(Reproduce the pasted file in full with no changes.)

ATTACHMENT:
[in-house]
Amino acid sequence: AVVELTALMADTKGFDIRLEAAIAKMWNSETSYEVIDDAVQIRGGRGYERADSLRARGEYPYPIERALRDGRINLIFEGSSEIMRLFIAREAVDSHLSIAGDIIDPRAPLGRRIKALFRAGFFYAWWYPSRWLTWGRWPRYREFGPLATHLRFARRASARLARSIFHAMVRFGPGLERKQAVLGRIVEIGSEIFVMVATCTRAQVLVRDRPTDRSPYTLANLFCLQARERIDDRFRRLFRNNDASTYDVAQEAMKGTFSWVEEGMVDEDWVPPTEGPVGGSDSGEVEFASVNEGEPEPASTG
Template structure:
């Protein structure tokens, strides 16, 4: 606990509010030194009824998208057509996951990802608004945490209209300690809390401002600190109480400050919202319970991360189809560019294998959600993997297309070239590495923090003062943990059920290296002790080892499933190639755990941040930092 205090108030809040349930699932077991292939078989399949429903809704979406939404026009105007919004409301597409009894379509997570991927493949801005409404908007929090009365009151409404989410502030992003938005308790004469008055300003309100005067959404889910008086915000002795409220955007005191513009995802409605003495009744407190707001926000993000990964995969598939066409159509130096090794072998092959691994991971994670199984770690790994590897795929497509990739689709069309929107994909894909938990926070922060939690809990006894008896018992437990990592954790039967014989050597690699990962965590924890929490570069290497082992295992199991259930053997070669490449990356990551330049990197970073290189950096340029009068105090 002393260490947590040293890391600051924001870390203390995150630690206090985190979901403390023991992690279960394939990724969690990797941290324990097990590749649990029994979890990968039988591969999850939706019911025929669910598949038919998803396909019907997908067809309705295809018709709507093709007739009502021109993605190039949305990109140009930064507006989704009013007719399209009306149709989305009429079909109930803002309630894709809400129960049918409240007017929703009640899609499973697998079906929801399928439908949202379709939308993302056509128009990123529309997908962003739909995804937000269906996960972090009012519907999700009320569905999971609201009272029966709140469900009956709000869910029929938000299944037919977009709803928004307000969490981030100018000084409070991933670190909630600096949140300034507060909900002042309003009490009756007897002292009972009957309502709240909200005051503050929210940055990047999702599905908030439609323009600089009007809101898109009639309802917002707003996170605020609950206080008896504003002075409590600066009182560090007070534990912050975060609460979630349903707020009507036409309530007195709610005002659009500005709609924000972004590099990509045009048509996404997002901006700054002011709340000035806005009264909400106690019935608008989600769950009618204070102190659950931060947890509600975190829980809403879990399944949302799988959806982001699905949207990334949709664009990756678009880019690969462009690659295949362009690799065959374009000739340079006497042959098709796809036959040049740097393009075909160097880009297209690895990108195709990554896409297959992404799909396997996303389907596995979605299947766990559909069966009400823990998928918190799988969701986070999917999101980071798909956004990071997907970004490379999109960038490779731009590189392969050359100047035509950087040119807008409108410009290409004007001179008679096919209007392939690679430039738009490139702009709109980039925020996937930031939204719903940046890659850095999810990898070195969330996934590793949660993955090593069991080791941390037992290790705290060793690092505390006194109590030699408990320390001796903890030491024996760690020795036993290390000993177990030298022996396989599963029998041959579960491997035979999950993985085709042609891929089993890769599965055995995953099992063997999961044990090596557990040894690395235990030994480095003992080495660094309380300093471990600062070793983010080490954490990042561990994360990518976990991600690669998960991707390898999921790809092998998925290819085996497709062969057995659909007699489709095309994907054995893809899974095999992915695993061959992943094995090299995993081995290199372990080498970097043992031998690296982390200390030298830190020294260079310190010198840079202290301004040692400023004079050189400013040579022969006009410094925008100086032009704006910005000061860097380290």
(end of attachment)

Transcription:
[in-house]
Amino acid sequence: AVVELTALMADTKGFDIRLEAAIAKMWNSETSYEVIDDAVQIRGGRGYERADSLRARGEYPYPIERALRDGRINLIFEGSSEIMRLFIAREAVDSHLSIAGDIIDPRAPLGRRIKALFRAGFFYAWWYPSRWLTWGRWPRYREFGPLATHLRFARRASARLARSIFHAMVRFGPGLERKQAVLGRIVEIGSEIFVMVATCTRAQVLVRDRPTDRSPYTLANLFCLQARERIDDRFRRLFRNNDASTYDVAQEAMKGTFSWVEEGMVDEDWVPPTEGPVGGSDSGEVEFASVNEGEPEPASTG
Template structure:
């Protein structure tokens, strides 16, 4: 606990509010030194009824998208057509996951990802608004945490209209300690809390401002600190109480400050919202319970991360189809560019294998959600993997297309070239590495923090003062943990059920290296002790080892499933190639755990941040930092 205090108030809040349930699932077991292939078989399949429903809704979406939404026009105007919004409301597409009894379509997570991927493949801005409404908007929090009365009151409404989410502030992003938005308790004469008055300003309100005067959404889910008086915000002795409220955007005191513009995802409605003495009744407190707001926000993000990964995969598939066409159509130096090794072998092959691994991971994670199984770690790994590897795929497509990739689709069309929107994909894909938990926070922060939690809990006894008896018992437990990592954790039967014989050597690699990962965590924890929490570069290497082992295992199991259930053997070669490449990356990551330049990197970073290189950096340029009068105090 002393260490947590040293890391600051924001870390203390995150630690206090985190979901403390023991992690279960394939990724969690990797941290324990097990590749649990029994979890990968039988591969999850939706019911025929669910598949038919998803396909019907997908067809309705295809018709709507093709007739009502021109993605190039949305990109140009930064507006989704009013007719399209009306149709989305009429079909109930803002309630894709809400129960049918409240007017929703009640899609499973697998079906929801399928439908949202379709939308993302056509128009990123529309997908962003739909995804937000269906996960972090009012519907999700009320569905999971609201009272029966709140469900009956709000869910029929938000299944037919977009709803928004307000969490981030100018000084409070991933670190909630600096949140300034507060909900002042309003009490009756007897002292009972009957309502709240909200005051503050929210940055990047999702599905908030439609323009600089009007809101898109009639309802917002707003996170605020609950206080008896504003002075409590600066009182560090007070534990912050975060609460979630349903707020009507036409309530007195709610005002659009500005709609924000972004590099990509045009048509996404997002901006700054002011709340000035806005009264909400106690019935608008989600769950009618204070102190659950931060947890509600975190829980809403879990399944949302799988959806982001699905949207990334949709664009990756678009880019690969462009690659295949362009690799065959374009000739340079006497042959098709796809036959040049740097393009075909160097880009297209690895990108195709990554896409297959992404799909396997996303389907596995979605299947766990559909069966009400823990998928918190799988969701986070999917999101980071798909956004990071997907970004490379999109960038490779731009590189392969050359100047035509950087040119807008409108410009290409004007001179008679096919209007392939690679430039738009490139702009709109980039925020996937930031939204719903940046890659850095999810990898070195969330996934590793949660993955090593069991080791941390037992290790705290060793690092505390006194109590030699408990320390001796903890030491024996760690020795036993290390000993177990030298022996396989599963029998041959579960491997035979999950993985085709042609891929089993890769599965055995995953099992063997999961044990090596557990040894690395235990030994480095003992080495660094309380300093471990600062070793983010080490954490990042561990994360990518976990991600690669998960991707390898999921790809092998998925290819085996497709062969057995659909007699489709095309994907054995893809899974095999992915695993061959992943094995090299995993081995290199372990080498970097043992031998690296982390200390030298830190020294260079310190010198840079202290301004040692400023004079050189400013040579022969006009410094925008100086032009704006910005000061860097380290």